It’s also important to understand that rules flow from assumptions that are based on a point in time. Times change, technology changes, everything changes.

Economic Order Quantity (EOQ) algorithms are a great example of ever-changing assumptions that affect the rules. Just as customers are not created equal, neither are suppliers nor inventory items, nor manufacturing processes or cost.

Variability in cost, demand, yield, lead time, capacity and the myriad constraints that comprise the assumptions made to calculate EOQ are always changing. Yet, many, if not most, companies use a single EOQ algorithm to calculate replenishments and their ERP systems don’t recalculate the EOQ quantity on a regular basis.

Disappointingly, many companies have not documented their supply chain processes and practices. In fact, we find that most companies haven’t even defined their supply chains. Yes, that’s plural; companies usually have multiple supply chains. The supply chains differ based on the different product categories they sell and the different customer segments they serve.

Hewlett Packard, for example, has different supply chains for servers, PCs, and printers as well as for different industry, business, and personal customer segments, not to mention geographic supply chains (see the article How HP Visualizes its Supply Chain using Geographic Analytics). As supply chains are defined and processes documented, management can more effectively benchmark performance and best practices.By knowing the fundamentals and assumptions and by clearly understanding their supply chains, companies can more effectively review the process rules governing process performance, identify assumptions that may have been subject to change, and—most importantly—pinpoint which rules to “break” for improved performance.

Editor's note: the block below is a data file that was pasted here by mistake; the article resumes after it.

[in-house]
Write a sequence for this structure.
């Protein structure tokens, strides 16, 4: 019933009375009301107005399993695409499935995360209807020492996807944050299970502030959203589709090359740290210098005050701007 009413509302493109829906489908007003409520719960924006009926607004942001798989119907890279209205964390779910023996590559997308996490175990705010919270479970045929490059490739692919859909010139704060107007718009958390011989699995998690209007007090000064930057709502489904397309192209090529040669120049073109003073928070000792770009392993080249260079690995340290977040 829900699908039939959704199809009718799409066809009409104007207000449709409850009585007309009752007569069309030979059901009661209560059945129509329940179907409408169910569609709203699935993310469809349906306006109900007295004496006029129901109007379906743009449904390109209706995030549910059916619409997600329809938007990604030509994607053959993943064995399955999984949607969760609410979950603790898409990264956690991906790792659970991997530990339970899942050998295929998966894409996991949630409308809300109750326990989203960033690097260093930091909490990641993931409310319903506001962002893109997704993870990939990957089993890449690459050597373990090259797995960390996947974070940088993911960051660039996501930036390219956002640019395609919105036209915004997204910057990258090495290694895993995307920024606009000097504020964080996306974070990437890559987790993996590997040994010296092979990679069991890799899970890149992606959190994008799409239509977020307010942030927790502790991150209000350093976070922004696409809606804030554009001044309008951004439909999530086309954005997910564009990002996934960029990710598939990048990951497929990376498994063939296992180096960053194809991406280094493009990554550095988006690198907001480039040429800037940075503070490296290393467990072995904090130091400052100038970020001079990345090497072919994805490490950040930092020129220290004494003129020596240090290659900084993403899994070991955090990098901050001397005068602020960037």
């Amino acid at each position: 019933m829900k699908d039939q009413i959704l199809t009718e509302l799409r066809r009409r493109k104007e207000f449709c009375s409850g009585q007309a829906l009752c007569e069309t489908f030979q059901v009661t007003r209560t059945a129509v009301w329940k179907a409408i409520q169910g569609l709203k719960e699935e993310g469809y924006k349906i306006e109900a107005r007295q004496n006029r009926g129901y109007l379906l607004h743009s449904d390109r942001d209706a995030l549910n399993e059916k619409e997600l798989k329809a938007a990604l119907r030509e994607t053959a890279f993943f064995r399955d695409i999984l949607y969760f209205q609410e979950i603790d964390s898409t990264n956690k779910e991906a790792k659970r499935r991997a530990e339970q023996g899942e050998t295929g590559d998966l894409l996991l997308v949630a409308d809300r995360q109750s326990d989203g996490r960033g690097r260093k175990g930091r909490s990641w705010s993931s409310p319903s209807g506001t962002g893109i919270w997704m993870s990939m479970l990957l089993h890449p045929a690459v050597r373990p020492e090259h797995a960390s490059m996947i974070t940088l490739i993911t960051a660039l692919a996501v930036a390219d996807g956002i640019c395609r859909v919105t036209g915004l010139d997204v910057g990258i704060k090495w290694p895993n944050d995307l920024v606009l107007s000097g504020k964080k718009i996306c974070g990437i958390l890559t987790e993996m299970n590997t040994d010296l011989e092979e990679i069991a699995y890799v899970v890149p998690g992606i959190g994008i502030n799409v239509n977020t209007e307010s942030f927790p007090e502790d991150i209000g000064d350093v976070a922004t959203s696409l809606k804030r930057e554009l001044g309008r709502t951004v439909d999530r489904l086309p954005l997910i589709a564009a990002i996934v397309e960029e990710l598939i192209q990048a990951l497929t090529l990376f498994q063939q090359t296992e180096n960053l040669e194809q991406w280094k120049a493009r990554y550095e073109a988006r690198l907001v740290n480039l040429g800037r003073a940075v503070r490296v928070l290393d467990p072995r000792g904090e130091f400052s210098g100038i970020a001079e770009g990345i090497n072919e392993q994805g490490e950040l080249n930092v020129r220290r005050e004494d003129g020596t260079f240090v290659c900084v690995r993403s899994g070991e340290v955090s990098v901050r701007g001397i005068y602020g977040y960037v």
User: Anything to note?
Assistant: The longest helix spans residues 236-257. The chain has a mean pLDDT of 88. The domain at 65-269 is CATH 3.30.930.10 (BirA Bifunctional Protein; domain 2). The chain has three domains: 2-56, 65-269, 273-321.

If you are looking to produce step-change results, you have to take the steps to understand, identify, evaluate, and innovate the processes. As our case examples illustrate, these results can go beyond financial improvement; they can be game changers that can lead to market advantage.

It is critical to recognize the conditions that suggest that breaking the rules may be in order. These could include, for example, new competitors in your market, changing customer preferences, rapidly changing technologies, service and warrantee difficulties, exceptional weather patterns, or unpredictable seasonality demands. In short, rule-breaking scenarios can come from any direction and take any form.

Most important, in deciding which rules to break you have to look across process boundaries. How are supply chain processes affecting and being affected by sales and marketing processes? Over the years, most of the breakthroughs and innovations we have observed resulted from companies managing the intersection of marketing and operations.

Significant financial gains are made when all of the competitive levers are pressed equally. That’s the lesson learned from Amazon, Walmart, P&G, and other market leaders. When you clearly identify the levers of growth and align their processes for competitive superiority, innovation and breakthrough results can be achieved.Finally, be very sensitive to trading partners’ technologies, priorities, and modes of business. In some cases matching them can provide immense advantage; in other cases what works best for them may be nothing more than a disruptor to you.

Overall, winners are those organizations that understand the “why?” as well as the “how?” of the rules that supply chain people follow. And, all the while, they look for the thin rays of light that occasionally shine between the thick absolutes of tradition that we are all expected to follow. Quite often, those rays of light are nothing more than their common sense screaming out: “In my gut, I know there’s got to be a smarter way of doing things.”